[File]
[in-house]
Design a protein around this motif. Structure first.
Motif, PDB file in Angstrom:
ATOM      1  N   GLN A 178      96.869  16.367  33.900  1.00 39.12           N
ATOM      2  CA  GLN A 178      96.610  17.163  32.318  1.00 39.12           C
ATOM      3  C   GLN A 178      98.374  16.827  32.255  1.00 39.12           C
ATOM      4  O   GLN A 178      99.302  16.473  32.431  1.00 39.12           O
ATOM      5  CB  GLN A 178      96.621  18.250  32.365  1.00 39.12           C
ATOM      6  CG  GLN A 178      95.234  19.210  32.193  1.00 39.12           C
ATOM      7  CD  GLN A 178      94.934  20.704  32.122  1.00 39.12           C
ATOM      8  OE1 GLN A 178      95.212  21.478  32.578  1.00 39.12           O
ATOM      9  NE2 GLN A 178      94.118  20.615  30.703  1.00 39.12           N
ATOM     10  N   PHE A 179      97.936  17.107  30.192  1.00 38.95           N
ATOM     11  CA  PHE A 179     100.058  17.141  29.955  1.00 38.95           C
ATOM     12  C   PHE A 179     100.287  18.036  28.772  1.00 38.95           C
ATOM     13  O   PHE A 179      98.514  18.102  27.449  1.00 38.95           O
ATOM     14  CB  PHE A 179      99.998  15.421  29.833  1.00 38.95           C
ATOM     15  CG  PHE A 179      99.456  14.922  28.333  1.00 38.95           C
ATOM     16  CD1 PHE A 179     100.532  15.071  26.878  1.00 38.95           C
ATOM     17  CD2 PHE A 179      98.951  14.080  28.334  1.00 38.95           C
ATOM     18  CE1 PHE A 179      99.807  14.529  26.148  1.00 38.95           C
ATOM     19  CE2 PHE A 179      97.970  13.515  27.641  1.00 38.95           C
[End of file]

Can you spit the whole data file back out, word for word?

[in-house]
Design a protein around this motif. Structure first.
Motif, PDB file in Angstrom:
ATOM      1  N   GLN A 178      96.869  16.367  33.900  1.00 39.12           N
ATOM      2  CA  GLN A 178      96.610  17.163  32.318  1.00 39.12           C
ATOM      3  C   GLN A 178      98.374  16.827  32.255  1.00 39.12           C
ATOM      4  O   GLN A 178      99.302  16.473  32.431  1.00 39.12           O
ATOM      5  CB  GLN A 178      96.621  18.250  32.365  1.00 39.12           C
ATOM      6  CG  GLN A 178      95.234  19.210  32.193  1.00 39.12           C
ATOM      7  CD  GLN A 178      94.934  20.704  32.122  1.00 39.12           C
ATOM      8  OE1 GLN A 178      95.212  21.478  32.578  1.00 39.12           O
ATOM      9  NE2 GLN A 178      94.118  20.615  30.703  1.00 39.12           N
ATOM     10  N   PHE A 179      97.936  17.107  30.192  1.00 38.95           N
ATOM     11  CA  PHE A 179     100.058  17.141  29.955  1.00 38.95           C
ATOM     12  C   PHE A 179     100.287  18.036  28.772  1.00 38.95           C
ATOM     13  O   PHE A 179      98.514  18.102  27.449  1.00 38.95           O
ATOM     14  CB  PHE A 179      99.998  15.421  29.833  1.00 38.95           C
ATOM     15  CG  PHE A 179      99.456  14.922  28.333  1.00 38.95           C
ATOM     16  CD1 PHE A 179     100.532  15.071  26.878  1.00 38.95           C
ATOM     17  CD2 PHE A 179      98.951  14.080  28.334  1.00 38.95           C
ATOM     18  CE1 PHE A 179      99.807  14.529  26.148  1.00 38.95           C
ATOM     19  CE2 PHE A 179      97.970  13.515  27.641  1.00 38.95           C